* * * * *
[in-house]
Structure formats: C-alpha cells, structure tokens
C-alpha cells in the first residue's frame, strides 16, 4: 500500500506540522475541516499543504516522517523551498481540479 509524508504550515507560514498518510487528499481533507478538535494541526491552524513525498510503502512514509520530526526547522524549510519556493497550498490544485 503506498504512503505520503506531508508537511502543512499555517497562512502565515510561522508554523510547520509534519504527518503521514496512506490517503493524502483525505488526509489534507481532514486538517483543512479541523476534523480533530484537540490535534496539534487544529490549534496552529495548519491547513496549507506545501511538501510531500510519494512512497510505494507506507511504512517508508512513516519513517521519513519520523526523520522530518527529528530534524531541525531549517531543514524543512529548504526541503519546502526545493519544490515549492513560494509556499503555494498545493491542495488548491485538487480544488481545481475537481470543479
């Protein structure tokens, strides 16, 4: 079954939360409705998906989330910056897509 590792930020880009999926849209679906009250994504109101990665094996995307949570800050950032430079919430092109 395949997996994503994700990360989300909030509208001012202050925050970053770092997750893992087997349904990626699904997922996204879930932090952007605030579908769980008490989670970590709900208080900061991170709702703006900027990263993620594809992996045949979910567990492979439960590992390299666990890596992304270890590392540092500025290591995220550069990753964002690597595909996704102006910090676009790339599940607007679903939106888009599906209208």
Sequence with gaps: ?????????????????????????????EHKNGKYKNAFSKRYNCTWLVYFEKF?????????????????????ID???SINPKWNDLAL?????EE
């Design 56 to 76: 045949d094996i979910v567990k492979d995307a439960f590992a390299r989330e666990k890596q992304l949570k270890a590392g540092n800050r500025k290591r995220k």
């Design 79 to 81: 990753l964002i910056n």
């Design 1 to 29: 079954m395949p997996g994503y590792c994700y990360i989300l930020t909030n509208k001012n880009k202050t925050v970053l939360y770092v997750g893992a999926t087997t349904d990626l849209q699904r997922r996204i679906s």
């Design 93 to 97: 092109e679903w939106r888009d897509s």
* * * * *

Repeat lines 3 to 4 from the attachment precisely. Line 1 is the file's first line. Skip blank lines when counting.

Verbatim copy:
C-alpha cells in the first residue's frame, strides 16, 4: 500500500506540522475541516499543504516522517523551498481540479 509524508504550515507560514498518510487528499481533507478538535494541526491552524513525498510503502512514509520530526526547522524549510519556493497550498490544485 503506498504512503505520503506531508508537511502543512499555517497562512502565515510561522508554523510547520509534519504527518503521514496512506490517503493524502483525505488526509489534507481532514486538517483543512479541523476534523480533530484537540490535534496539534487544529490549534496552529495548519491547513496549507506545501511538501510531500510519494512512497510505494507506507511504512517508508512513516519513517521519513519520523526523520522530518527529528530534524531541525531549517531543514524543512529548504526541503519546502526545493519544490515549492513560494509556499503555494498545493491542495488548491485538487480544488481545481475537481470543479
């Protein structure tokens, strides 16, 4: 079954939360409705998906989330910056897509 590792930020880009999926849209679906009250994504109101990665094996995307949570800050950032430079919430092109 395949997996994503994700990360989300909030509208001012202050925050970053770092997750893992087997349904990626699904997922996204879930932090952007605030579908769980008490989670970590709900208080900061991170709702703006900027990263993620594809992996045949979910567990492979439960590992390299666990890596992304270890590392540092500025290591995220550069990753964002690597595909996704102006910090676009790339599940607007679903939106888009599906209208």